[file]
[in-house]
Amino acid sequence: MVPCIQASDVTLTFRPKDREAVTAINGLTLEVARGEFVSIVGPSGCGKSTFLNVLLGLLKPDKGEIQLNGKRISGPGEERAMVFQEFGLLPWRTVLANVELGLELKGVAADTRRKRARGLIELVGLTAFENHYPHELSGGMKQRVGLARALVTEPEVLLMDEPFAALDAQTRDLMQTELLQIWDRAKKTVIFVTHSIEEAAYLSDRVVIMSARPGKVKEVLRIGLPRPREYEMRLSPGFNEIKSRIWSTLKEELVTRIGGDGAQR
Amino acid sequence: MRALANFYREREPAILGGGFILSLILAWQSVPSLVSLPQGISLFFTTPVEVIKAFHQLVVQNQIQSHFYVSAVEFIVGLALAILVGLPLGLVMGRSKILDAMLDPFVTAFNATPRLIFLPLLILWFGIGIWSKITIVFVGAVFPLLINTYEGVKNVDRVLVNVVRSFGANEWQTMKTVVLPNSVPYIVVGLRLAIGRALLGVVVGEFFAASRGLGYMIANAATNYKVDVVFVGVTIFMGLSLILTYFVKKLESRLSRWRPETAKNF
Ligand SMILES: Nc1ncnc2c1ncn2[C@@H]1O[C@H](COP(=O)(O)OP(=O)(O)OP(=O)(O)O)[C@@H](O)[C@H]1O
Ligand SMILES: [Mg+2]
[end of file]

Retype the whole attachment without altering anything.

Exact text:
[in-house]
Amino acid sequence: MVPCIQASDVTLTFRPKDREAVTAINGLTLEVARGEFVSIVGPSGCGKSTFLNVLLGLLKPDKGEIQLNGKRISGPGEERAMVFQEFGLLPWRTVLANVELGLELKGVAADTRRKRARGLIELVGLTAFENHYPHELSGGMKQRVGLARALVTEPEVLLMDEPFAALDAQTRDLMQTELLQIWDRAKKTVIFVTHSIEEAAYLSDRVVIMSARPGKVKEVLRIGLPRPREYEMRLSPGFNEIKSRIWSTLKEELVTRIGGDGAQR
Amino acid sequence: MRALANFYREREPAILGGGFILSLILAWQSVPSLVSLPQGISLFFTTPVEVIKAFHQLVVQNQIQSHFYVSAVEFIVGLALAILVGLPLGLVMGRSKILDAMLDPFVTAFNATPRLIFLPLLILWFGIGIWSKITIVFVGAVFPLLINTYEGVKNVDRVLVNVVRSFGANEWQTMKTVVLPNSVPYIVVGLRLAIGRALLGVVVGEFFAASRGLGYMIANAATNYKVDVVFVGVTIFMGLSLILTYFVKKLESRLSRWRPETAKNF
Ligand SMILES: Nc1ncnc2c1ncn2[C@@H]1O[C@H](COP(=O)(O)OP(=O)(O)OP(=O)(O)O)[C@@H](O)[C@H]1O
Ligand SMILES: [Mg+2]